You might loose some of the hardness I don`t know but it will still cut , It just got to be harder than the material you are cutting.

tattoomike68
11-04-2007, 02:00 AM
HSS is overkill , you can just use a chunk of large grade 8 bolt and grind it to size and ghetto harden it.

Iv seen punches made from grade 8 bolts last for thousands of holes.

Norman Atkinson
11-04-2007, 07:42 AM
There is the old classic of case hardening with the parings of horses' Hooves and really, anything with carbon in.
One of my late lamented mates used bicycle and motor bike spokes for boring tools and Allen keys and bolts for lathe tools.

It is all a question of forgetting the shop exists and thinking.

Do you know how most of the rockets intended for London missed? The inmates of concentration camps pi55ed in the workings. It is not daft, explosives were made from urine and bird droppings.

Next?

Norm

rkepler
11-04-2007, 11:16 AM
Oh, so you're saying that the welding process will anneal-out the hardness of the HSS, but if you quench it quickly, you can temper the HSS?

I don't think that you can call melting an annealing process since the harness isn't really called out at that temperature. Annealing is a process that results in a much softer material at room temperature than an unannealed or hardened material. Melted material is melted material, the end hardness is a result of how it's handled or treated after being melted. Let it cool at 30 degF/hr and you'll have annealed material, cool faster and it'll be a bit hard, cool rapidly and it'll be hardened.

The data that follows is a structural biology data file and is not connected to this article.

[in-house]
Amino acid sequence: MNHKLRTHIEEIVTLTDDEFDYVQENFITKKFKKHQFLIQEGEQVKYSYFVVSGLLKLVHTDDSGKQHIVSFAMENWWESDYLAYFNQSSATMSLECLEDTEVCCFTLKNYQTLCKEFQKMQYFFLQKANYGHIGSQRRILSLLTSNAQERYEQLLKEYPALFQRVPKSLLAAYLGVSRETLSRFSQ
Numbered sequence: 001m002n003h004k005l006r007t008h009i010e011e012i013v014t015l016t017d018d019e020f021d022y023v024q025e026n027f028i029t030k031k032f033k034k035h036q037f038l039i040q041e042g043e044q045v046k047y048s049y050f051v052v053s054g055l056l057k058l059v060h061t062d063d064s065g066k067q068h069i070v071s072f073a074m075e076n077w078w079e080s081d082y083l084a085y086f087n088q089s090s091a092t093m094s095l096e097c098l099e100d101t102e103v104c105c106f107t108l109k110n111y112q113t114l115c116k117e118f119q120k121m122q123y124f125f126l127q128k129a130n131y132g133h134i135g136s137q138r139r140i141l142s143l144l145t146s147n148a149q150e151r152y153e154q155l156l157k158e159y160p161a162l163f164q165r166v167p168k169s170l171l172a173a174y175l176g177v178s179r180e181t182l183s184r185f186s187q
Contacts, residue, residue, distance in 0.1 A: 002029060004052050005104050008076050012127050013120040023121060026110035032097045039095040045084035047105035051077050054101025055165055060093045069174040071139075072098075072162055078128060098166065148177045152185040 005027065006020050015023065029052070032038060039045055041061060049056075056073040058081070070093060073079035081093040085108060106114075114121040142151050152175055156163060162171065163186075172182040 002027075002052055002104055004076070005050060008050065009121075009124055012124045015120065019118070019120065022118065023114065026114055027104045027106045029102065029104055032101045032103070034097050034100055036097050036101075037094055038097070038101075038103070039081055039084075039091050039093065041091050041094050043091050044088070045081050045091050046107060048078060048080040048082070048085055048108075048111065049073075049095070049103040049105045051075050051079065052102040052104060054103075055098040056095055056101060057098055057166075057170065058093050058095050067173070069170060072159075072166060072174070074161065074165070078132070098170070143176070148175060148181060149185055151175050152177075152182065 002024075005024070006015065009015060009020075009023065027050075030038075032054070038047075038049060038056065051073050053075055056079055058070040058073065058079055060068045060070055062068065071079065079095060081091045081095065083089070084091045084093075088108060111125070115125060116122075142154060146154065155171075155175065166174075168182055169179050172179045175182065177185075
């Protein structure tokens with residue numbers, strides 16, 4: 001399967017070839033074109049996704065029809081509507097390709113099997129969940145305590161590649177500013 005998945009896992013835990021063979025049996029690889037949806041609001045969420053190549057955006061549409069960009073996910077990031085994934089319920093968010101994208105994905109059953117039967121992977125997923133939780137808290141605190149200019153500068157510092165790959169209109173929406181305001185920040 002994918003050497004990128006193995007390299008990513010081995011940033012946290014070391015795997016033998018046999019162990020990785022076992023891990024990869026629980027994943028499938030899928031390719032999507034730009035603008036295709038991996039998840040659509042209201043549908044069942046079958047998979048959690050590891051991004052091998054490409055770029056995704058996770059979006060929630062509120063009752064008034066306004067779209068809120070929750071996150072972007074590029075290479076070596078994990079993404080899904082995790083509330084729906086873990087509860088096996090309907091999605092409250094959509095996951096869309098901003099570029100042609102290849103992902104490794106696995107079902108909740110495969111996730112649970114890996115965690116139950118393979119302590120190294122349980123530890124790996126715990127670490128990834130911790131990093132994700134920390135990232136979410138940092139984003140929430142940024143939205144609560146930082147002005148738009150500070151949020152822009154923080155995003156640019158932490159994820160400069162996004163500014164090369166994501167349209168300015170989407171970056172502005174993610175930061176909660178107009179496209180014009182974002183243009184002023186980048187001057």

Understand-- the CPM recommendation for annealing was 1600 F for 2 hours, but that's probably for a given blank size to soak (heat through).

Nope. HSS can be really strange stuff. Likely it's stabilization time for all the components to distribute properly, or for particular crystalline structure to form, etc. That 2 hours is *after* the piece is evenly heated.


But look at WeirdSceince's empirical data which shows a 10 point loss in hardness with sand cooling. Do you think he would have lost less hardness if he quenched it immediately after welding?

I think he would have retained more, but there'd still be a small drop. I've never been tempted to measure it because it's still harder than most anything you're likely to try and cut.


I'm curious if you can TIG weld carbide insert tools. The C2, C5 ratings are dependent on how much cobalt is in the binder with the tungsten carbide, so I'm curious if you can liquify the cobalt and get it to flow to a steel holder.

That would be another fun experiment for later this week...

I'd be surprised if it worked, but I've never tried to TIG carbide at all. I suspect the result will just be a mess.

lazlo
11-04-2007, 11:42 AM
Nope. That 2 hours is *after* the piece is evenly heated.

According to the CPM instructions, you bring the furnace temperature to 1600F, and soak for 2 hours. That's how all manufacturers specify heat treating (time per thickness at a specific furnace or surface temperature), because you can't measure the temperature of the core:

From the CPM M2 datasheet I posted:

Annealing: 1600F(870C), hold 2 hours, slow cool 25F(15C)/ hr max. to 1000F(535C)

rkepler
11-04-2007, 03:04 PM